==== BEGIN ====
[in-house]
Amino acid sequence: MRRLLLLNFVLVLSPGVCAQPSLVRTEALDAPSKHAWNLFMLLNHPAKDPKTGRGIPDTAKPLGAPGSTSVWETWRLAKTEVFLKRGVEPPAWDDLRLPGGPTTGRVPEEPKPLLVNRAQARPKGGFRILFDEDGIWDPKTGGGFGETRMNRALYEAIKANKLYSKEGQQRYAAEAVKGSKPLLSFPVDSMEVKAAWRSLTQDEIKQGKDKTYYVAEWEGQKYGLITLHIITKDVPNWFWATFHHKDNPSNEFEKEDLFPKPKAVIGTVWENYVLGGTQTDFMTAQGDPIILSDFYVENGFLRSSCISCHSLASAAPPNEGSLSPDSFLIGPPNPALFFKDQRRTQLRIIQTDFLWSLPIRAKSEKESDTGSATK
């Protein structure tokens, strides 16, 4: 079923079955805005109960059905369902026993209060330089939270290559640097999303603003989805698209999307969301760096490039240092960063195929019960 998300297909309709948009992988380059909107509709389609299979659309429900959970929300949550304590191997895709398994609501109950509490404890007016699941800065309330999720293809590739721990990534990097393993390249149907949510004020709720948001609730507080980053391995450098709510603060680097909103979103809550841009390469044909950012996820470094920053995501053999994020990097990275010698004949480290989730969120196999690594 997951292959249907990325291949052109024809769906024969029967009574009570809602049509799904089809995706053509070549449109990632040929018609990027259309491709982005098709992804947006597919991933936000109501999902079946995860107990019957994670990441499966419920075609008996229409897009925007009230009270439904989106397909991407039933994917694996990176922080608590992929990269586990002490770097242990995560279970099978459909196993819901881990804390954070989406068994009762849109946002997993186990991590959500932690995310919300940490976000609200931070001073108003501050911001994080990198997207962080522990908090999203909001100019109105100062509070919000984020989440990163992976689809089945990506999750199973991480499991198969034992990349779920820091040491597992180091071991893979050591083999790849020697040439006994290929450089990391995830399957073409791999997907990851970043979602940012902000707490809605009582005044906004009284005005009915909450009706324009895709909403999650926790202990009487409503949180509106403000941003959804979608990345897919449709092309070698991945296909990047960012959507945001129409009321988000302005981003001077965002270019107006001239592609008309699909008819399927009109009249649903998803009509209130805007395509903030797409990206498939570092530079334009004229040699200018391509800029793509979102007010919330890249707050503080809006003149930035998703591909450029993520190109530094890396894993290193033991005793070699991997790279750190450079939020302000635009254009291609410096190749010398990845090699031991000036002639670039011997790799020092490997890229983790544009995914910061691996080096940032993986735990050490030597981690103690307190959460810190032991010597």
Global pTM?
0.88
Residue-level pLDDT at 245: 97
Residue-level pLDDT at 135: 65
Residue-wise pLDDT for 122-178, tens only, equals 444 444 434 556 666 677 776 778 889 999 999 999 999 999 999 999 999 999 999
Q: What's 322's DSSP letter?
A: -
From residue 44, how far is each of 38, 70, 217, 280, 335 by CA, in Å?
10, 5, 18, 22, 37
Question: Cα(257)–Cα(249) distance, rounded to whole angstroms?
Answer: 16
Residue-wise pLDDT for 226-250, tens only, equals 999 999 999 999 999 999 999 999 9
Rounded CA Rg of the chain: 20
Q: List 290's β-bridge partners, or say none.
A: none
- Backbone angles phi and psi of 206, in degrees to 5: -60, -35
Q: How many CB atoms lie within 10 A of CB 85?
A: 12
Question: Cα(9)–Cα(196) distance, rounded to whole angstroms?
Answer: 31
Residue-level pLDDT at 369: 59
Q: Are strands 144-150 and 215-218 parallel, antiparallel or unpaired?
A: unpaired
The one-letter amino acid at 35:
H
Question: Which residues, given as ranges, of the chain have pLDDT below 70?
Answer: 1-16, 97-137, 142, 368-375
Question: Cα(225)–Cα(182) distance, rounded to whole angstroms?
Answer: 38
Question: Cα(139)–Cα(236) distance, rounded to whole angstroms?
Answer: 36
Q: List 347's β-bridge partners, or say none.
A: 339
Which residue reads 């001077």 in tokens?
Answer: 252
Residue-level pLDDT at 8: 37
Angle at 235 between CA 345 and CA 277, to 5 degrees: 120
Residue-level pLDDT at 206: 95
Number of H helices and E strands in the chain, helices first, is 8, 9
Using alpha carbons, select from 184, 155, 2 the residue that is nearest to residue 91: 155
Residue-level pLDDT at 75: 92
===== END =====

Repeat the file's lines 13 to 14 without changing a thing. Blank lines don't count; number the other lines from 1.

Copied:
Question: Cα(257)–Cα(249) distance, rounded to whole angstroms?
Answer: 16